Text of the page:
Kumar stars as Viraj, a Hollywood stuntman who thinks women are only good for one thing. Kareena Kapoor plays Simrita, a supermodel-surgeon (seriously) who thinks men are dogs. While trying to convince their families and friends that romance is for suckers, they inadvertently fall in love with each other. It’s a plot that’s as old as the hills, and this movie does nothing to freshen it up.
There are a number of reasons why Kambakkht Ishq won’t appeal to American audiences the way Nadiadwala hoped, beyond the predictable problem of Hindi wordplay jokes that aren’t funny when translated into in English.
First, the casting of American actors didn’t work. It was cool to see Sylvester Stallone in a Bollywood movie, but Denise Richards and Brandon Routh barely qualify as “stars” in the U.S. I’m guessing Denise Richards is referred to only by her full (and real) name throughout the movie so that Indian moviegoers can look her up on IMDb after getting home from the theater.
More confusing is the inclusion of a bunch of Australian actors in the movie, even though it’s set in Hollywood. Aussie singer Holly Valance makes a cameo appearance, despite having little name recognition in the U.S., apart from a few small parts on some canceled TV shows. And nothing snaps you out of movie faster than an L.A. thug who sounds like Crocodile Dundee.
Along those lines, the dialogue in the movie is lame, and having American actors deliver awkward lines in English just emphasizes the poor quality of the writing.
Also problematic for American audiences is a scene in where Simrita watches Viraj film stunts for a movie. The set Viraj is working on is clearly that of the Waterworld stunt show at Universal Studios Hollywood theme park. There are even empty bleachers in the background of one of the shots!
Yet the biggest reason American movie fans won’t like Kambakkht Ishq is its style of comedy. Most egregiously, some of the jokes are racist, such as when Viraj dons an afro wig and blackface makeup to trick his sister-in-law.
The rest of the slapstick-style comedy is old-fashioned by American standards, and not well executed. There are pratfalls and pies in the face, all done with over-the-top, silent-movie-style acting.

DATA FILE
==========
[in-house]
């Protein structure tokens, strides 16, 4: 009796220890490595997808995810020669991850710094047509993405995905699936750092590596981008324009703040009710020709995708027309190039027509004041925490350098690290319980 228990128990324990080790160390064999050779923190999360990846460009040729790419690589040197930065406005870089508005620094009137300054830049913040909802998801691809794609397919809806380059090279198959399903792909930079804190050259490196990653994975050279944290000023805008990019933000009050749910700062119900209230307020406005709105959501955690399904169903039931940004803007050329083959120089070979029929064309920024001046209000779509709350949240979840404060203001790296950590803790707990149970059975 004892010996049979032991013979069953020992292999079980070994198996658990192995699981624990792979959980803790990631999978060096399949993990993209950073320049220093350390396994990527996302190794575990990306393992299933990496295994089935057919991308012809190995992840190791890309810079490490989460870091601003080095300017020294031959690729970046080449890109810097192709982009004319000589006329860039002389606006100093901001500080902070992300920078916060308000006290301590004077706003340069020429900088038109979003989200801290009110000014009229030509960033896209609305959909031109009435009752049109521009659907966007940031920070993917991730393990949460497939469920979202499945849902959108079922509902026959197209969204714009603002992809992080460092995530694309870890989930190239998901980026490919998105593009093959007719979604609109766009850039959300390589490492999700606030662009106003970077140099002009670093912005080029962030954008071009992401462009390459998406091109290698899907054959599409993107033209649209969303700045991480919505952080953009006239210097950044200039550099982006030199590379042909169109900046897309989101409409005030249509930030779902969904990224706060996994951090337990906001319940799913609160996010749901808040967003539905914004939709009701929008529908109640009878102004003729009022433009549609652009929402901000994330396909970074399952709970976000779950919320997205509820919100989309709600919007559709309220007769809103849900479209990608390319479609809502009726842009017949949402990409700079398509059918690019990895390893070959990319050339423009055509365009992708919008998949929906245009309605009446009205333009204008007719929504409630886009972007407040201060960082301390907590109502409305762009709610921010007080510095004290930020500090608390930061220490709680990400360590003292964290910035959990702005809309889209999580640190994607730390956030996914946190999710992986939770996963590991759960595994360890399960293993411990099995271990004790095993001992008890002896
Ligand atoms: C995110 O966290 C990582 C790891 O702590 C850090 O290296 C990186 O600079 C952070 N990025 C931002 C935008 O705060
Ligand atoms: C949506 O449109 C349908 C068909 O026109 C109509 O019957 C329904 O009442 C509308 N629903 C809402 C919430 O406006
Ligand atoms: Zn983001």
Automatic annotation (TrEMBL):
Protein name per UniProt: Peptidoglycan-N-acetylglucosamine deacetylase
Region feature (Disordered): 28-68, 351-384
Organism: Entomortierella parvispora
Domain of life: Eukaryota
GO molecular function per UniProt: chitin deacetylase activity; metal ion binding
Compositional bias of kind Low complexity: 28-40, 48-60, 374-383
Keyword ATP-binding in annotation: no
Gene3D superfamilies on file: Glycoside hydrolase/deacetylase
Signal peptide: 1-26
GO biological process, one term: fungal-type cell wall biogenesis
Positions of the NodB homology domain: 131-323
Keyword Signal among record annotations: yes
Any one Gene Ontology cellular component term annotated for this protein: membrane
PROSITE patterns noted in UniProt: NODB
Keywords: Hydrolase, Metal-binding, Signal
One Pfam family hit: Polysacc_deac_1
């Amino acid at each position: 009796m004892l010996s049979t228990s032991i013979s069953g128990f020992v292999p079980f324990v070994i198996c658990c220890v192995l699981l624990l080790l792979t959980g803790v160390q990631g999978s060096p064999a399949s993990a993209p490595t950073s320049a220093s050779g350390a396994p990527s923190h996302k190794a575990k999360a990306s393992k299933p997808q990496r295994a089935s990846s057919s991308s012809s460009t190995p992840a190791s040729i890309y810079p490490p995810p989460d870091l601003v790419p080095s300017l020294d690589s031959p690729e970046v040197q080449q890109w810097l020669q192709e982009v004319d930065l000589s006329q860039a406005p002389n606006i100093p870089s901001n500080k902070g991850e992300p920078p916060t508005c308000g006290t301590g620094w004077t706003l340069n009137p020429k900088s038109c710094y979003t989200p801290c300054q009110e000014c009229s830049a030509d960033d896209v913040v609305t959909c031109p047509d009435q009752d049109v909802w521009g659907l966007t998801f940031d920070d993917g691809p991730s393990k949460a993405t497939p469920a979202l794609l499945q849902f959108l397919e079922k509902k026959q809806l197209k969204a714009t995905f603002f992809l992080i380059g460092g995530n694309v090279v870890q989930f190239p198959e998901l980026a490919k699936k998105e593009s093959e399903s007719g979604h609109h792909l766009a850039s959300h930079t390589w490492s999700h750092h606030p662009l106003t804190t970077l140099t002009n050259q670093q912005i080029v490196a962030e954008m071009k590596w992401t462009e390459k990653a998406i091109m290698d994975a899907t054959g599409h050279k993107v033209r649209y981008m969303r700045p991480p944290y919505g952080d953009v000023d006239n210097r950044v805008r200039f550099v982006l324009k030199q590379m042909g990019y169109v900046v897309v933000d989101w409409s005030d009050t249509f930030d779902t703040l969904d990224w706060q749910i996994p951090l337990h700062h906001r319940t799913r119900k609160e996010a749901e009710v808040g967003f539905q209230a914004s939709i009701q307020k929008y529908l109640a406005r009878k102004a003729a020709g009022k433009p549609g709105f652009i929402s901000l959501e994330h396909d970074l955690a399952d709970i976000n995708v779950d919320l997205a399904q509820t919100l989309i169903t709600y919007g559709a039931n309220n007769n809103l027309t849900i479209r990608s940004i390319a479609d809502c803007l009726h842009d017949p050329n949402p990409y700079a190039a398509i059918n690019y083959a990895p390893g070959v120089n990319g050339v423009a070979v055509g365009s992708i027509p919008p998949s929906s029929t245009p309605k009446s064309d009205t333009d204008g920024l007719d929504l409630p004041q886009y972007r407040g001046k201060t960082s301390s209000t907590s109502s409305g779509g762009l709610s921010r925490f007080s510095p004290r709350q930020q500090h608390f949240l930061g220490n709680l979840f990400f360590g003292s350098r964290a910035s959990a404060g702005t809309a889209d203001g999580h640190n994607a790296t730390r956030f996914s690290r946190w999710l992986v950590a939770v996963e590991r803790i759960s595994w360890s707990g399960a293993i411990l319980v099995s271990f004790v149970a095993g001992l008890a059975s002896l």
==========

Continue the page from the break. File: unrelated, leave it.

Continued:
There’s also a bit with a doctor who’s lost his hearing aid that inspires predictable jokes like this:
Viraj: “I need you to check!”
Doctor: “You want to have sex?”
All of the jokes in Kambakkht Ishq have been done before, and they’ve all been done better. Given the dismal reviews American critics gave to Chandni Chowk to China, which was distributed by Warner Bros., it’s time for Indian producers to rethink pinning their hopes of achieving crossover success in the U.S. on Akshay Kumar, at least until he starts making more sophisticated comedies.
Akshay Kumar has found his niche: playing bumbling guys who fall in love with pretty girls while outsmarting villains. He’s played that type of character recently in Welcome, Tashan and Singh Is Kinng, and he does so again in Chandni Chowk to China. Kumar’s good in that kind of role, but I’m ready to see him branch out.
CC2C stars Kumar as unlucky vegetable cutter Sidhu, who gets tricked into leaving the Indian town of Chandni Chowk in order to save some Chinese villagers from a tyrant named Hojo (Gordon Liu). The story is predictable — Sidhu eventually figures out that he’s been duped but takes on the villagers’ problem as his own — but it’s told well.
For the most part, the film is successful. The story is accessible, the fight choreography is well-executed, and the Chinese actors in CC2C are better than non-Indian actors in Bollywood films typically are. Even the movie’s corny running gag (Sidhu’s convinced that the god Ganesh has taken corporeal form as a potato) is surprisingly funny.
But CC2C falls short in a number of ways. Deepika Padukone is underutilized, even though she plays two roles. Worse, every time she appears on screen as the thief Meow Meow, her arrival is marked by an annoying “meow” sound effect.
The sound mixing is the film’s biggest problem. There’s a lot of noise, with sounds of a yelling crowd layered on top of high-pitched music. In a theater, that kind of cacophony renders some of the dialogue unintelligible and is, at times, even painful to listen to. (The theater where I attended the movie usually has pretty good sound, so I suspect the fault lies with the movie’s creators.)
Chandni Chowk to China isn’t great, though it is amusing and certainly better than 2007 Bollywood-Hollywood collaboration Saawariya. But its uneven production and cookie-cutter story will probably keep it from becoming a mainstream hit in America, which is surely what distributor Warner Bros. was hoping for.
There’s nothing subtle about this romantic comedy. Akshay Kumar overacts as a clumsy villager impersonating a mafia don impersonating a servant, as part of a convoluted plot to reunite the real don with his family. Gun fights and chase scenes are loud and frequent, but not very exciting. The film’s highlight is a music video featuring rapper Snoop Dogg, who gives a shout out to “the ladies hangin’ out in Mumbai” during the closing credits.
No Rating (violence); 135 minutes
This review originally appeared in The Naperville Sun on August 14, 2008